[Blog Tour] Review for Mindy Kim and the Yummy Seaweed Business by Lyla Lee

Today I’m excited to be part of the blog tour for Mindy Kim and Yummy Seaweed Business by Lyla Lee (with illustrations by Dung Ho), the first in a new chapter book series focusing on a Korean American girl. The book and its sequel, Mindy Kim and the Lunar New Year Parade, will be released on January 14th by Aladdin Books (an imprint of Simon & Schuster).

Synopsis:

Fresh Off the Boat meets Junie B. Jones in this first novel in an adorable new chapter book series about Mindy Kim, a young Asian American girl who is starting a snack business!

Mindy Kim just wants three things:
1. A puppy!
2. To fit in at her new school
3. For her dad to be happy again

But, getting all three of the things on her list is a lot trickier than she thought it would be. On her first day of school, Mindy’s school snack of dried seaweed isn’t exactly popular at the lunch table. Luckily, her new friend, Sally, makes the snacks seem totally delicious to Mindy’s new classmates, so they decide to start the Yummy Seaweed Business to try and raise money for that puppy!

When another student decides to try and sabotage their business, Mindy loses more than she bargained for—and wonders if she’ll ever fit in. Will Mindy be able to overcome her uncertainty and find the courage to be herself?

I loved this book. It’s super adorable and I found various aspects of it very relatable. One thing I shared with Mindy was being the new kid who moved from one state to another (I moved twice when I was a kid) and the struggles of navigating and adapting in a new social environment. Another was being the lone or minority Asian kid. Unlike Mindy, I was fortunate not to have the “ew, what’s that” lunch experience (I bought lunch from school for most of my school years), but thankfully the microaggression gets subverted and things makes a turn for the better in the story.

The second aspect was Mindy’s family situation. Her mother recently passed away from illness, and she and her dad have to adjust to the loss and the change. I lost my mom to leukemia in 2016, so I empathized with Mindy and her family’s grief. Although her mom is no longer around, Mindy still has her dad, and I loved how close and loving their relationship is. They communicate openly with each other and support each other through their rough patches, and it reminded me of my own bond with my dad.

Another theme in the book is friendship. Mindy manages to make a friend named Sally, and things look bright until a messy incident comes between them. When I was a kid, I had a friendship that went sour and never recovered, and sometimes I still find myself regretting it, so I think it’s important to teach kids conflict resolution, which the story does. It emphasizes the importance of making amends and the power of a sincere apology, which was nice.

The story wraps up with a happy and somewhat open ending that leaves room for more to come. I can’t wait to read the next books in the series.

About the Author:

Lyla Lee Credit CJ Lee

LYLA LEE is a writer of many things. After working various jobs in Hollywood and studying psychology and cinematic arts at USC, she now lives in Dallas, Texas. When she is not writing, she is teaching, watching Korean dramas and other TV shows, and eating all kinds of good food. Visit her online at lylaleebooks.com and on Twitter and Instagram at @literarylyla.

 

About the Illustrator:
DUNG HO was born and raised in Hue, Vietnam, where she studied graphic design at the Hue University College of Arts. After graduating, she worked in the design and advertising industries before discovering a great passion for illustration and picture books and becoming a freelance illustrator. Currently, she lives and works in Ho Chi Minh, Vietnam. Ho draws inspiration from nature and the interaction between people and nature and especially loves to draw children. When not drawing, she enjoys cooking and watching movies. Visit her online at dungho.me and on Instagram @dunghanhho.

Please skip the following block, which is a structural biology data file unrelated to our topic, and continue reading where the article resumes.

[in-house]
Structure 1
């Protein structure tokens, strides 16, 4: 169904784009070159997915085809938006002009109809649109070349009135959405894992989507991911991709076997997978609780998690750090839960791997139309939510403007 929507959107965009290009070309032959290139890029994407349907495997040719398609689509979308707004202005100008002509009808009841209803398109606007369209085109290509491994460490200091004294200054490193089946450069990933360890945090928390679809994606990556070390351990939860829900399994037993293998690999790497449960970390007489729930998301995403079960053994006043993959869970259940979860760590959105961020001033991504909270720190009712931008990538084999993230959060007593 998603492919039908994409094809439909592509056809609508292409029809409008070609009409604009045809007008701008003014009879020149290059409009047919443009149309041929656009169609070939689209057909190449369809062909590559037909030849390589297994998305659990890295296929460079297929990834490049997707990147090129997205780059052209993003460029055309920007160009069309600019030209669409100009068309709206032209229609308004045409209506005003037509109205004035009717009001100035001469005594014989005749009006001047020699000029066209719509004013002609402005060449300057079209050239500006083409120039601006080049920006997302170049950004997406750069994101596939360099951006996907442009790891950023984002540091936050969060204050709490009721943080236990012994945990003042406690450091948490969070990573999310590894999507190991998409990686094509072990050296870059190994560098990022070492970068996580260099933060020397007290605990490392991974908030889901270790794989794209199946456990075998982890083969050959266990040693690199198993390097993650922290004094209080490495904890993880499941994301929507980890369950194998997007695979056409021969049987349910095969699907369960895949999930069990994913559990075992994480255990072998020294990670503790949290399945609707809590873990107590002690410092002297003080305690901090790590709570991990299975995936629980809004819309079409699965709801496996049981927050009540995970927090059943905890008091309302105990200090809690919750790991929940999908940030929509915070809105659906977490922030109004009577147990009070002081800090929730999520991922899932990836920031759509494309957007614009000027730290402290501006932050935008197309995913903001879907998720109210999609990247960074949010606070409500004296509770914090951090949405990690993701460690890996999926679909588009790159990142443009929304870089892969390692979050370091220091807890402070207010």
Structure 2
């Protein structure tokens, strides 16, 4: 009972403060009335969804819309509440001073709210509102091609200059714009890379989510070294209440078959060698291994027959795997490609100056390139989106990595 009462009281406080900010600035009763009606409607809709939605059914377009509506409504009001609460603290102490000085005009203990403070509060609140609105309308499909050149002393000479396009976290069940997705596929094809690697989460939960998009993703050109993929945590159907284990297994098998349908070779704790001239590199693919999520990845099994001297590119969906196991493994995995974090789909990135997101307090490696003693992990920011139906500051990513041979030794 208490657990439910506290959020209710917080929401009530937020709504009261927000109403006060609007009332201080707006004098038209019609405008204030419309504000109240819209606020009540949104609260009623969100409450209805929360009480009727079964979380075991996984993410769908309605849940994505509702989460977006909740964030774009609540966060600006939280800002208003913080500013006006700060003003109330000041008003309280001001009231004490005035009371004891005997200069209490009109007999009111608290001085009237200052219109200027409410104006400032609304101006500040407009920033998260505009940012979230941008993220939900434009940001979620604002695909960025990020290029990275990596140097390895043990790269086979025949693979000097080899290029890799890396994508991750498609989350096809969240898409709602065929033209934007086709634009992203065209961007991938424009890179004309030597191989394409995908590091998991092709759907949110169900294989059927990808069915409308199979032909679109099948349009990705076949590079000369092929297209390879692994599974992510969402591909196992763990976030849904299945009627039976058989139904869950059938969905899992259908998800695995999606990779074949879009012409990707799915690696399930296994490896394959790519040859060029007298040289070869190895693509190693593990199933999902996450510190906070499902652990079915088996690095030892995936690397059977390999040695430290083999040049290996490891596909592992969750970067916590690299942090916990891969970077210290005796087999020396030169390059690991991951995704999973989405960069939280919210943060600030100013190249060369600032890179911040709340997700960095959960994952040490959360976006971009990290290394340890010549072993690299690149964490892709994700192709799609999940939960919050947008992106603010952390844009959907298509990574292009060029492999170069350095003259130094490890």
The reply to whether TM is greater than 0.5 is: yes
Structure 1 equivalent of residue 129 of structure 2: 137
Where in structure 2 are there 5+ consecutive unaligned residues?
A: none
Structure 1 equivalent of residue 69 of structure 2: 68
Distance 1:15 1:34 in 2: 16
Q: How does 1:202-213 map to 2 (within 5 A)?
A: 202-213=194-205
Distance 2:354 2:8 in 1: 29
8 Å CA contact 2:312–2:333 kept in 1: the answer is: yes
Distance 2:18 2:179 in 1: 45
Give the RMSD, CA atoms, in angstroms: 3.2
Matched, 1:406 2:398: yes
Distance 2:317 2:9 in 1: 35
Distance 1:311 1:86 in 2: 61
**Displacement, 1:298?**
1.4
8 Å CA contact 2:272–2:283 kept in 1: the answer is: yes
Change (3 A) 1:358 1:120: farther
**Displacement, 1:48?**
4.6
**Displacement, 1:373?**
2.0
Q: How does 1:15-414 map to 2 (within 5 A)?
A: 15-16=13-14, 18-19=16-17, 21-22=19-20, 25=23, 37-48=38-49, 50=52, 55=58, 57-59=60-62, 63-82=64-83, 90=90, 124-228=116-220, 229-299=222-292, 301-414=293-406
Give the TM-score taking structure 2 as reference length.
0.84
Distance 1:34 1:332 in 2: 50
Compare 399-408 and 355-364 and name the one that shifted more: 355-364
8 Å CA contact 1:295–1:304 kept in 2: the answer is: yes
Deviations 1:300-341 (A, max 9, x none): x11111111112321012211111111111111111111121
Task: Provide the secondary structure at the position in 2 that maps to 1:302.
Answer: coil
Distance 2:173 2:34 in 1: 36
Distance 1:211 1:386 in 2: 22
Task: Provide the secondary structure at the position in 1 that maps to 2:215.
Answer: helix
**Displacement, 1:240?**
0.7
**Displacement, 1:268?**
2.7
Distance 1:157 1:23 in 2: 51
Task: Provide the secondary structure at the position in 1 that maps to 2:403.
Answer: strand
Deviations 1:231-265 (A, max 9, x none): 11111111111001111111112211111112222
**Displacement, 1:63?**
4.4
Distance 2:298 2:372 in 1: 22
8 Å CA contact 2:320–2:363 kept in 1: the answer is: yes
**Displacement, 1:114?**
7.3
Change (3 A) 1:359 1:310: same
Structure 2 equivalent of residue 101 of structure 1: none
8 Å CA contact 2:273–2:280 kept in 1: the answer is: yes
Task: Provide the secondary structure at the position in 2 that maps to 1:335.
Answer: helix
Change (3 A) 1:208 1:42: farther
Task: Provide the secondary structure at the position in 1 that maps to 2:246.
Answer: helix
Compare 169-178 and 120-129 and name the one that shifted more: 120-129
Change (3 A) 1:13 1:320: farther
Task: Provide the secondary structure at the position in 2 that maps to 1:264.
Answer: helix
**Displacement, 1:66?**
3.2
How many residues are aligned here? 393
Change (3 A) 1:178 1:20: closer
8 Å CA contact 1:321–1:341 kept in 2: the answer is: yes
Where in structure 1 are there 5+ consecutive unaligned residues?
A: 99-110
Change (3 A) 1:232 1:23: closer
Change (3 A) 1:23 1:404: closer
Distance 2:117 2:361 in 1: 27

Don’t miss the rest of the tour:

MINDY KIM AND THE YUMMY SEAWEED BUSINESS BLOG TOUR

Monday, 1/6: YA Book Nerd

Tuesday, 1/7: MG Book Village

Wednesday, 1/8: The Subversive Table

Thursday, 1/9: Jean’s Little Library

Friday, 1/10: READING (AS)(I)AN (AM)ERICA

Monday 1/13: Daddy Mojo

Tuesday, 1/14: Books, Movies, Reviews. Oh my

Wednesday, 1/15: Cracking the Cover

Thursday, 1/16: YA Books Central

Friday, 1/17: Bicultural Mama

Review for More to the Story by Hena Khan

I really enjoyed Hena Khan’s middle grade debut Amina’s Voice (review here), so I’m happy that Simon & Schuster offered me a copy of More to the Story to read and review.

More to the Story

Synopsis:

From the critically acclaimed author of Amina’s Voice comes a new story inspired by Louisa May Alcott’s beloved classic, Little Women, featuring four sisters from a modern American Muslim family living in Georgia.

When Jameela Mirza is picked to be feature editor of her middle school newspaper, she’s one step closer to being an award-winning journalist like her late grandfather. The problem is her editor-in-chief keeps shooting down her article ideas. Jameela’s assigned to write about the new boy in school, who has a cool British accent but doesn’t share much, and wonders how she’ll make his story gripping enough to enter into a national media contest.

Jameela, along with her three sisters, is devastated when their father needs to take a job overseas, away from their cozy Georgia home for six months. Missing him makes Jameela determined to write an epic article—one to make her dad extra proud. But when her younger sister gets seriously ill, Jameela’s world turns upside down. And as her hunger for fame looks like it might cost her a blossoming friendship, Jameela questions what matters most, and whether she’s cut out to be a journalist at all…

My Review:

More to the Story is an endearing story about a Muslim Pakistani American girl, Jameela, who’s struggling to deal with several stressful changes and situations in her life. It touches on multiple themes and manages to balance a number of subplots well and resolve them with a pitch-perfect ending.